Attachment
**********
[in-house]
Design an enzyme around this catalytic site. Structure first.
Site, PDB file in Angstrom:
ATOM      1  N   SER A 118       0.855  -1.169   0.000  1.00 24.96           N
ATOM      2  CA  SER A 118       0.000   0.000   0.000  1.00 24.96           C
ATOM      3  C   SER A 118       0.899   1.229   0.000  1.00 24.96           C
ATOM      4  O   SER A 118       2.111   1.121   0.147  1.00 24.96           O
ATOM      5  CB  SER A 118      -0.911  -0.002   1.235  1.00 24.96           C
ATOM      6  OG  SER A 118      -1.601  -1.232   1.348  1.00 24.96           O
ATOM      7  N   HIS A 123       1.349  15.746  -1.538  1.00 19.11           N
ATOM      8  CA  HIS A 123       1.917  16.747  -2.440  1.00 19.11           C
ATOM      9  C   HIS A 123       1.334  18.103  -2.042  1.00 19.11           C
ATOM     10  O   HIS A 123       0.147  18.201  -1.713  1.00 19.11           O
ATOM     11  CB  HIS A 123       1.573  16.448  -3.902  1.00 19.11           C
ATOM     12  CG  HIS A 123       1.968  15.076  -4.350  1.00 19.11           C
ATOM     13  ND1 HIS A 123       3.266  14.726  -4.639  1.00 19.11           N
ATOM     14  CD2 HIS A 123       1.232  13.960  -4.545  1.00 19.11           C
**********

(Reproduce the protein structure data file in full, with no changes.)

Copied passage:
[in-house]
Design an enzyme around this catalytic site. Structure first.
Site, PDB file in Angstrom:
ATOM      1  N   SER A 118       0.855  -1.169   0.000  1.00 24.96           N
ATOM      2  CA  SER A 118       0.000   0.000   0.000  1.00 24.96           C
ATOM      3  C   SER A 118       0.899   1.229   0.000  1.00 24.96           C
ATOM      4  O   SER A 118       2.111   1.121   0.147  1.00 24.96           O
ATOM      5  CB  SER A 118      -0.911  -0.002   1.235  1.00 24.96           C
ATOM      6  OG  SER A 118      -1.601  -1.232   1.348  1.00 24.96           O
ATOM      7  N   HIS A 123       1.349  15.746  -1.538  1.00 19.11           N
ATOM      8  CA  HIS A 123       1.917  16.747  -2.440  1.00 19.11           C
ATOM      9  C   HIS A 123       1.334  18.103  -2.042  1.00 19.11           C
ATOM     10  O   HIS A 123       0.147  18.201  -1.713  1.00 19.11           O
ATOM     11  CB  HIS A 123       1.573  16.448  -3.902  1.00 19.11           C
ATOM     12  CG  HIS A 123       1.968  15.076  -4.350  1.00 19.11           C
ATOM     13  ND1 HIS A 123       3.266  14.726  -4.639  1.00 19.11           N
ATOM     14  CD2 HIS A 123       1.232  13.960  -4.545  1.00 19.11           C